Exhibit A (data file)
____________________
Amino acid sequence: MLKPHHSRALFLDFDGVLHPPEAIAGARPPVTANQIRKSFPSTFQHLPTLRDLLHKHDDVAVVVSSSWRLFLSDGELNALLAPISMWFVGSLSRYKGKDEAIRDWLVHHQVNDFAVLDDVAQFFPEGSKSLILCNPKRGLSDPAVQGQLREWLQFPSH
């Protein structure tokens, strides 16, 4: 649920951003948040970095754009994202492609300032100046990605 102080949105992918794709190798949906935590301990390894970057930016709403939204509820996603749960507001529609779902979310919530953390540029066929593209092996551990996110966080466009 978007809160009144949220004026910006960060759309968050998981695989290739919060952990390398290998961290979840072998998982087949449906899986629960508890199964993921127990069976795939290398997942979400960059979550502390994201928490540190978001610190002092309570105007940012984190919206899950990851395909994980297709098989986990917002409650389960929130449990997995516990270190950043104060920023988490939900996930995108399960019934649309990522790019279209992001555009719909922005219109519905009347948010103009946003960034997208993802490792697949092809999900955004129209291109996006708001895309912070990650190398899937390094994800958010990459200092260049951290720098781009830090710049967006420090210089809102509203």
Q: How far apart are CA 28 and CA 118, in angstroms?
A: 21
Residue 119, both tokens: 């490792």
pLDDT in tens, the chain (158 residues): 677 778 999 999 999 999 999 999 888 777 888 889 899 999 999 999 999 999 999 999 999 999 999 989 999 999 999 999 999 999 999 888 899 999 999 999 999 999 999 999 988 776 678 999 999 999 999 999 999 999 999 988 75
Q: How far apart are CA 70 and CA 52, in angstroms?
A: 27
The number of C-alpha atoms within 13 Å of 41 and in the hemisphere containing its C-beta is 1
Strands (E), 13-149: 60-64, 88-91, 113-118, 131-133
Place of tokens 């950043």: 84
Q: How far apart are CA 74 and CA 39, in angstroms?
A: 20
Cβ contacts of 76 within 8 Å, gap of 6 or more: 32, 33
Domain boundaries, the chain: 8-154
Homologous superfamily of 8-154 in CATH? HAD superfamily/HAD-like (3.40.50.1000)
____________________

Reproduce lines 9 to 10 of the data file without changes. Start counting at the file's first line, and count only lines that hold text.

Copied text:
The number of C-alpha atoms within 13 Å of 41 and in the hemisphere containing its C-beta is 1
Strands (E), 13-149: 60-64, 88-91, 113-118, 131-133